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Paralyzed with fear - gleason score 9 (very worried wife)

djs123
Posts: 102
Joined: Jan 2012

My husband was diagnosed with aggressive prostate cancer day before yesterday and we are both reeling. I am sure you can all relate to the feeling of shock, disbelief and numbness that accompanies the doctors bad news. I felt so sure his biopsy was going to be a false alarm....

Doctor opened with with "I'm sorry but you have a very aggressive case of prostate cancer". I'm so confused and have been scouring the web since we've gotten home. I really don't even know what to ask but need an outlet right now because I can't stop crying. It seems that time has stood still since we've found out. I put on a very brave and positive face for my husband, but inside I'm terrified.

Here are the fact as I know them so far.Biopsy 12 locations 8 came back positive.

(Btw, he was diagnosed through a urology team, his doctor is a DO. Are those credentials adequate, he seemed very thorough and knowledgeable)

His gleason score is 9 (5+4)
The doctor explained that the score can range from 2 to 10, with 10 being the worst, so obviously this is very bad.

at the bottom of this post, I will put in the other figures, so perhaps someone can tell me what they mean.

Today we went for a bone scan and Tuesday we will go for a cat scan. The follow up appointment with the doctor is next Friday.

The doctor said he is not a candidate for surgery and treatment will most likely be radiation and hormone therapy. After he's determined if the cancer has spread. He implied there was a good change with a gleason score of 9.

We spend half our time in Florida and half in Massachusetts and were due to go back the end of December. My husband wants to have treatment done in Florida which means we'd have to find an oncologist in our area. Does anyone have an opinion about this?

My husband is 78 years old, in very good health, strong and optimistic (I think), but he does not share his emotions or anxieties, never has.

As far as his symptoms go, he has trouble with a steady flow for the past few months and gets up at least once during the night. During the physical exam, the doctor did say he felt something (which he thought could have been calcium) on his prostate, but apparently was the cancer.

I need to support him and I'm not really sure how to do that. He is the type of man that doesn't like to be coddled or taken care of, nor does he like to be fussed over. I'm trying to become educated about this, so perhaps I feel as though I'm doing something.

Anything you can offer me would be very appreciated. Whether it be interpretation of lab report or what to do for him, I can use whatever guidance you're willing to offer.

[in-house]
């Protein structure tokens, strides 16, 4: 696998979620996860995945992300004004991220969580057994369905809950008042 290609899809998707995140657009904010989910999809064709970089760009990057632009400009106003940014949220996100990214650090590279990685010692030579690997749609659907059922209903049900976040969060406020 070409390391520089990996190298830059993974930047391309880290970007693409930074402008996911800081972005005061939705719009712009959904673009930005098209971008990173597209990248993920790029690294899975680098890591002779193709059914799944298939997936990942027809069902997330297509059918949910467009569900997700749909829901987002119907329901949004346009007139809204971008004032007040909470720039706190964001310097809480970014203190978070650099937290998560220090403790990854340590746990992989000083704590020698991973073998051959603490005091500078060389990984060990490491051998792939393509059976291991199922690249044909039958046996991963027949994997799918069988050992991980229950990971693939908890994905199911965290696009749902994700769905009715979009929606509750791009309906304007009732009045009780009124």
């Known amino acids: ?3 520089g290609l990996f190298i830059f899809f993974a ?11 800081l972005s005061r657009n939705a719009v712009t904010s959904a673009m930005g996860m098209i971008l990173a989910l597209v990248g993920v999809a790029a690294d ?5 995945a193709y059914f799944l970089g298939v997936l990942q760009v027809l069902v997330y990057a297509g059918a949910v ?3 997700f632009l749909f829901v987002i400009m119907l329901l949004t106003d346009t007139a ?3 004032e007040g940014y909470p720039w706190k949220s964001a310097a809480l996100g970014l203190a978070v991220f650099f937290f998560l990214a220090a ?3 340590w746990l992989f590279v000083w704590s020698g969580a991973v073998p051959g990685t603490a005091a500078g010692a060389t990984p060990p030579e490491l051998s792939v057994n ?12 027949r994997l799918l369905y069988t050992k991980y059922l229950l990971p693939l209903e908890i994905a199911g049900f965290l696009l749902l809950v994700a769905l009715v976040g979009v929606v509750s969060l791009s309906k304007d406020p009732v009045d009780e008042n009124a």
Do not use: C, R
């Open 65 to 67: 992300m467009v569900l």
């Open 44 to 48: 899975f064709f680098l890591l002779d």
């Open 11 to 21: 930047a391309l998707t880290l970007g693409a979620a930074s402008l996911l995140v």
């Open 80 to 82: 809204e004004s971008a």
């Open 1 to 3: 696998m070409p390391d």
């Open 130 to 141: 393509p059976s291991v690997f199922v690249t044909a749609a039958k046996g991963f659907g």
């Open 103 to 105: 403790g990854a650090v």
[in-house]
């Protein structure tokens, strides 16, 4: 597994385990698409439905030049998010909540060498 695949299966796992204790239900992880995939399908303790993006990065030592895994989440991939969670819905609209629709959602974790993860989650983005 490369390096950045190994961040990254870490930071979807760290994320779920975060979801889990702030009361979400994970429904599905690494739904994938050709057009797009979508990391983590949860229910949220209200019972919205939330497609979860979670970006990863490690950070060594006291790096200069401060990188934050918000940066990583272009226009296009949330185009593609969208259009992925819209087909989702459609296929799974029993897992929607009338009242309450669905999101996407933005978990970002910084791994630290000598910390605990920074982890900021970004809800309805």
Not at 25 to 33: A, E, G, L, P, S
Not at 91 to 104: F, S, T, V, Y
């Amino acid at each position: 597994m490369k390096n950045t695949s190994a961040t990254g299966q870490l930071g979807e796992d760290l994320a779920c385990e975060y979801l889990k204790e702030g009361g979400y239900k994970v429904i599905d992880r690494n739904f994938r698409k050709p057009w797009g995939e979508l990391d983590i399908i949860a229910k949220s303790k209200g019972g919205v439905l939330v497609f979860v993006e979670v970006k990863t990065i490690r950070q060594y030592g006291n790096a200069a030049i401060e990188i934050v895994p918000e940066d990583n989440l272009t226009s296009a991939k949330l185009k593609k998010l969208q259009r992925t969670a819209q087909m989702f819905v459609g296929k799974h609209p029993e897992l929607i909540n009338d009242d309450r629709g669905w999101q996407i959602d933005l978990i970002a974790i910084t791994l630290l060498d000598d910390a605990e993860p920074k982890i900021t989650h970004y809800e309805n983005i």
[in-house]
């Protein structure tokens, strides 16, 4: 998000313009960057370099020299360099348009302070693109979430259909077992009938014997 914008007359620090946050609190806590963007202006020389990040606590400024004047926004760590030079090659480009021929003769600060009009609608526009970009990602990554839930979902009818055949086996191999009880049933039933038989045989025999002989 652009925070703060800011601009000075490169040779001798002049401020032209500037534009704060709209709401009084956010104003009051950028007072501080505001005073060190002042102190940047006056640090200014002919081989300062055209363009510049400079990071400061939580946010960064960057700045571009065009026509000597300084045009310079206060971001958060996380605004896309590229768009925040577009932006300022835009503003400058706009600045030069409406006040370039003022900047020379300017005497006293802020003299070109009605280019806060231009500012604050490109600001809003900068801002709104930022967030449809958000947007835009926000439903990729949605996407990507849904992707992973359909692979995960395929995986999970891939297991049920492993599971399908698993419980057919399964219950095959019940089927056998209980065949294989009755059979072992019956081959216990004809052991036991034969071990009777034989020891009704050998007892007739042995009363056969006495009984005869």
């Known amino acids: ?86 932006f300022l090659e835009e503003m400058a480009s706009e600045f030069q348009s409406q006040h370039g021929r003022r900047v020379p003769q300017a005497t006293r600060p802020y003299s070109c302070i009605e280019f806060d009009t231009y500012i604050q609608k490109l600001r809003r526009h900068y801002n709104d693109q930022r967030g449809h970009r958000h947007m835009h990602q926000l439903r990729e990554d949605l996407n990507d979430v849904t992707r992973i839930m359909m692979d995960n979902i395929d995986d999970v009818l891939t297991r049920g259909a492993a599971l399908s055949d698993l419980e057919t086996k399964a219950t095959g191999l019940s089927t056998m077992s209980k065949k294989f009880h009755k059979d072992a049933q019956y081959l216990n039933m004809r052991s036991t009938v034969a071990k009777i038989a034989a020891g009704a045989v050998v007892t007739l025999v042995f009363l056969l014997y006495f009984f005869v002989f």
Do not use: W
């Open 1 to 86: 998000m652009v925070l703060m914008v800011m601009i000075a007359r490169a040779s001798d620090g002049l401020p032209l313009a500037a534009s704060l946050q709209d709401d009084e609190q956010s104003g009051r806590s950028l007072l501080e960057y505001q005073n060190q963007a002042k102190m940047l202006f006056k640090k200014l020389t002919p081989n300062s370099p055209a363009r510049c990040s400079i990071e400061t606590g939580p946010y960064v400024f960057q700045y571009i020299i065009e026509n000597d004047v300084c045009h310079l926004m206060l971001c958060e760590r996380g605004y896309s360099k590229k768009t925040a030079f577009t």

Here are the other numbers listed under Diagnosis
Prostatic Adenocarcinoa, Gleason 5+4=9/1- LMB,LMA
Gleason 4+5 - 9/10 LLB, LLM,LMM
Gleason 4+4 = 8/10 RMA
Gleason 3+ 3 = 6/10

Thank you very much.

Kongo's picture
Kongo
Posts: 1167
Joined: Mar 2010

DJS,
I am so sorry that you and your husband find yourself dealing with this diagnosis but you have come to a good place to gather information from others who have travelled this path before you. I hope you also encourage your husband to join the website as well as I think he will benefit from being able to interact directly with other men suffering from this disease.

I assume that the “DO” doctor you are referring to is a doctor of osteopathic medicine. While he may seem very knowledgeable and thorough, I believe that with the serious diagnosis you have that you should consider immediately seeking second opinions from specialists in advanced prostate cancer. When I was diagnosed with “low risk” prostate cancer in 2010 I ended up seeing six specialists before deciding on a treatment.

As you are beginning to understand, a Gleason 9 diagnosis is very serious indeed but it is certainly not the end of the world and there are many treatment options that can slow the progression of this disease and provide your husband a high quality of life and the both of you many, many more years together.

Prostate cancer, like breast, ovarian, colon, and other cancers tends to metastasize. This is why your doctors ordered bone scans and the MRI. They are looking to see if there are any distant tumors that can be detected. Even if these scans come back “negative” it doesn’t mean that the cancer hasn’t spread, it just means that they can’t see it yet. That’s a good thing. If they can see distant mets they can decide how to treat them and that’s another good thing.